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Meet the OEDIPUS EL REY Cast: Esteban Carmona

Kate Leary
|
Behind the Scenes
|
Jun 11, 2019

In our first interview for OEDIPUS EL REY, Esteban Carmona tells us about how he got into acting, his favorite roles, and working with Method Man.

Can you tell us a little about your character? What do you think is their best quality? Worst?
Oedipus is a raw force. There were certain things he had to learn being raised in prison, which makes him more and more powerful. The beautiful thing about him is that even with a tough exterior, he's so spiritually aware and emotionally intelligent. It's one of his best qualities. He can read people so well and see right through any facades they attempt to embody. His worst quality is his unchecked ego. He really thinks he can defy the gods, but that process itself is what makes the prophecy come true.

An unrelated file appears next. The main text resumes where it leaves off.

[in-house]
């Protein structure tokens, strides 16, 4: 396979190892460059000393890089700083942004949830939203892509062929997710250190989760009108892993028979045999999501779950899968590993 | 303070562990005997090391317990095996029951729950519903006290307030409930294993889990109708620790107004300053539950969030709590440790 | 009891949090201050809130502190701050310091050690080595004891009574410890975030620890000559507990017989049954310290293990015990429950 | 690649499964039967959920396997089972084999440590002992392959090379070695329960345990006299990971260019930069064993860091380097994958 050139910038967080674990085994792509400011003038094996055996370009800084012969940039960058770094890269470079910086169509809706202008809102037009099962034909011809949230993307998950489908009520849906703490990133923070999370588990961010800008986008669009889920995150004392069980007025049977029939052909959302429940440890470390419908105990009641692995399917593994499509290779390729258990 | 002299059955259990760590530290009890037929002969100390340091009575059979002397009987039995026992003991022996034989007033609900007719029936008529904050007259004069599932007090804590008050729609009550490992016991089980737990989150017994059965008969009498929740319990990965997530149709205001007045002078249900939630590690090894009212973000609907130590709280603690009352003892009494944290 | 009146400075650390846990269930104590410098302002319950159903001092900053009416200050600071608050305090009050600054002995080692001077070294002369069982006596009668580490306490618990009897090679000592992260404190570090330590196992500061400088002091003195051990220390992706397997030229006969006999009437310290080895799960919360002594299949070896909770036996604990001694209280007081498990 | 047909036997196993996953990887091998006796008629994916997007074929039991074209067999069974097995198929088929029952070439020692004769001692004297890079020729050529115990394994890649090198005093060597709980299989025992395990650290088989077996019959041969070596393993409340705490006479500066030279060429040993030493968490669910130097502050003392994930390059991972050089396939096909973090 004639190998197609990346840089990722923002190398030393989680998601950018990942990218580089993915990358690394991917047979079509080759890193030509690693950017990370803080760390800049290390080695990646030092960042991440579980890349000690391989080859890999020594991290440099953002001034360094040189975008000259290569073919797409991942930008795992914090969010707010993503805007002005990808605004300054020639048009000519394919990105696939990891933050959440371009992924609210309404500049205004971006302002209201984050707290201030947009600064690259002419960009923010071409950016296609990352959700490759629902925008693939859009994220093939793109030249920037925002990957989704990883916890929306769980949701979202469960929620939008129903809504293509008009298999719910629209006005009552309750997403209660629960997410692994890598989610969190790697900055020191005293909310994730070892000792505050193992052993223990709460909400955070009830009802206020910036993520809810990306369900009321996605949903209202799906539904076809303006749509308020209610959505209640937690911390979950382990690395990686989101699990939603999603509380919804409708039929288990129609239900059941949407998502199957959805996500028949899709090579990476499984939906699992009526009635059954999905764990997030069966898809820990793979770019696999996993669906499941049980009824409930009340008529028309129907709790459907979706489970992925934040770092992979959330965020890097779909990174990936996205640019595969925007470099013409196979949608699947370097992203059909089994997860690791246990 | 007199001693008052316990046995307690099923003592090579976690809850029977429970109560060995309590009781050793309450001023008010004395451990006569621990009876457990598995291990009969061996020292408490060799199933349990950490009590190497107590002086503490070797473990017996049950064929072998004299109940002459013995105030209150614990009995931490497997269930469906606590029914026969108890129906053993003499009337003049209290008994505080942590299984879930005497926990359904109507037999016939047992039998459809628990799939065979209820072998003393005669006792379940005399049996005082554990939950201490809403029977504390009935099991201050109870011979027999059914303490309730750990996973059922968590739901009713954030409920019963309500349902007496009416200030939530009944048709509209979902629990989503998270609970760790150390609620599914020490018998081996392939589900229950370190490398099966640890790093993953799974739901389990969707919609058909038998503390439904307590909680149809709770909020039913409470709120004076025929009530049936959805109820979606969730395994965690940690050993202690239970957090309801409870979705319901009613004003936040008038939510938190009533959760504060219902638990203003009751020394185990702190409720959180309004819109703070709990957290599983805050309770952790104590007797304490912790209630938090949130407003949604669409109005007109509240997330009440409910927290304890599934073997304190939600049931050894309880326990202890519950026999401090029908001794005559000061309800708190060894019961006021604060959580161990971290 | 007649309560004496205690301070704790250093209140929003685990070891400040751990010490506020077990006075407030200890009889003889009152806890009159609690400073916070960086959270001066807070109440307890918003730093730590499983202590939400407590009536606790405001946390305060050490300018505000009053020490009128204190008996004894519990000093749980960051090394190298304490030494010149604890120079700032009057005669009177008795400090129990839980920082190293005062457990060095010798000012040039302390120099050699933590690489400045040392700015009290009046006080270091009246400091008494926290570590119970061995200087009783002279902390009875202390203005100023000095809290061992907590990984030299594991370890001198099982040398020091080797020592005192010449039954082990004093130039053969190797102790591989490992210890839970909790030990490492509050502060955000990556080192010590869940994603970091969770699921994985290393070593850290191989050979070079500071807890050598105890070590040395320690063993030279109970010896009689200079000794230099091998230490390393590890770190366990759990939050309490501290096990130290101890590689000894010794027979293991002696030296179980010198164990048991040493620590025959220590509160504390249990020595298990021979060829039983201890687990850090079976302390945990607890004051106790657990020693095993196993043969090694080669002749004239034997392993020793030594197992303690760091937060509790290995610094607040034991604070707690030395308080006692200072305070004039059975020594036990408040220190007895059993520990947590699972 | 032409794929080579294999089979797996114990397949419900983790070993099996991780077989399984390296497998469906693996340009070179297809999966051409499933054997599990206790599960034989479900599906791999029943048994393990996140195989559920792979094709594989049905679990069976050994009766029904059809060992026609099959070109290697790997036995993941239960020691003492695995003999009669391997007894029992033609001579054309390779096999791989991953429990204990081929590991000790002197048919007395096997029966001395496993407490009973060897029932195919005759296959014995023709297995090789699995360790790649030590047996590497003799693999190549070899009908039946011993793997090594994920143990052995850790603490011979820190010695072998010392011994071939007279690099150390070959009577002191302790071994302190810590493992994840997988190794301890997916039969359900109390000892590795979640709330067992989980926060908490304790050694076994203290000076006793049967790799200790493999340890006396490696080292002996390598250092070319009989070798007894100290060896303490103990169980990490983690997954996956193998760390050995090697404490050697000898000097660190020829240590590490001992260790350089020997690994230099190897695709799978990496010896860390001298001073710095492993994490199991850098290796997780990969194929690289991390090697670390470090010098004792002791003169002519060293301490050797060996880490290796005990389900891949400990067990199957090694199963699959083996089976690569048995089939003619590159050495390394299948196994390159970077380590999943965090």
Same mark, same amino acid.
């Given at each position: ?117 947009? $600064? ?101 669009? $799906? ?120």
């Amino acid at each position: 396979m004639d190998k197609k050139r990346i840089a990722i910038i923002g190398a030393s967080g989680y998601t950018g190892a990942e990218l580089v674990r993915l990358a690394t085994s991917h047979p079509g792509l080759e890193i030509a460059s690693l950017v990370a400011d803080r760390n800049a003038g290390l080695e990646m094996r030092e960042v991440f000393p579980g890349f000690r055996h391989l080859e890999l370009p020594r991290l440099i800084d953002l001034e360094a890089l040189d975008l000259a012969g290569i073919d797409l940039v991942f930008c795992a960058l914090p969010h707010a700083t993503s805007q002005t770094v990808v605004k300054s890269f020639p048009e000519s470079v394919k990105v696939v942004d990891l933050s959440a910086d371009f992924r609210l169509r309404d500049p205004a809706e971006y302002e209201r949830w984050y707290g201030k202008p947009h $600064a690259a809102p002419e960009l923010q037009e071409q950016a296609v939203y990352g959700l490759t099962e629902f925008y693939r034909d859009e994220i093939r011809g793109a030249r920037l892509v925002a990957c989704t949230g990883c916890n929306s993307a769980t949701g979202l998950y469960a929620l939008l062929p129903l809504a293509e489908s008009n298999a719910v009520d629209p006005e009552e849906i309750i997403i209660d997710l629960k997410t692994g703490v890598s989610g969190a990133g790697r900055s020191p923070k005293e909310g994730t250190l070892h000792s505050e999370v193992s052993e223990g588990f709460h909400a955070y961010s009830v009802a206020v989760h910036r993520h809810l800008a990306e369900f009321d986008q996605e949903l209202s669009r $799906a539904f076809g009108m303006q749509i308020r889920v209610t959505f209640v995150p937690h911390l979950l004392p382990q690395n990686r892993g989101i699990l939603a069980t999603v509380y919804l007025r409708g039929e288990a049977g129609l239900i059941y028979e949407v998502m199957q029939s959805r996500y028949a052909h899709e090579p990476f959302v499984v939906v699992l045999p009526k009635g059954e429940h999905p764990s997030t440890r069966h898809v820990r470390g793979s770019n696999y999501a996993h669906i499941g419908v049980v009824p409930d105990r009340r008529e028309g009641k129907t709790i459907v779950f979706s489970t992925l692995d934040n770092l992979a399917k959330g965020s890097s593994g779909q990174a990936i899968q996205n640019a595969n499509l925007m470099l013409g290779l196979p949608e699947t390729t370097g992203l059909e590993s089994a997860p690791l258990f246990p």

What is your favorite line in Oedipus el Rey (it doesn’t have to be yours)?
Esfinge's line: "Prison may have set you free, but freedom will imprison you forever."
How does it feel stepping into a contemporary adaptation of such and iconic Greek play and myth?  How has it affected your process?
It's beautiful to see how Luis Alfaro was able to take a classic Greek Tragedy, and turn it into a digestible yet politically charged contemporary play. It creates an amazing balance of heightened language with reality. If anything, it makes the process much more tangible and relatable.
Photo by Jorden Charley-Whatley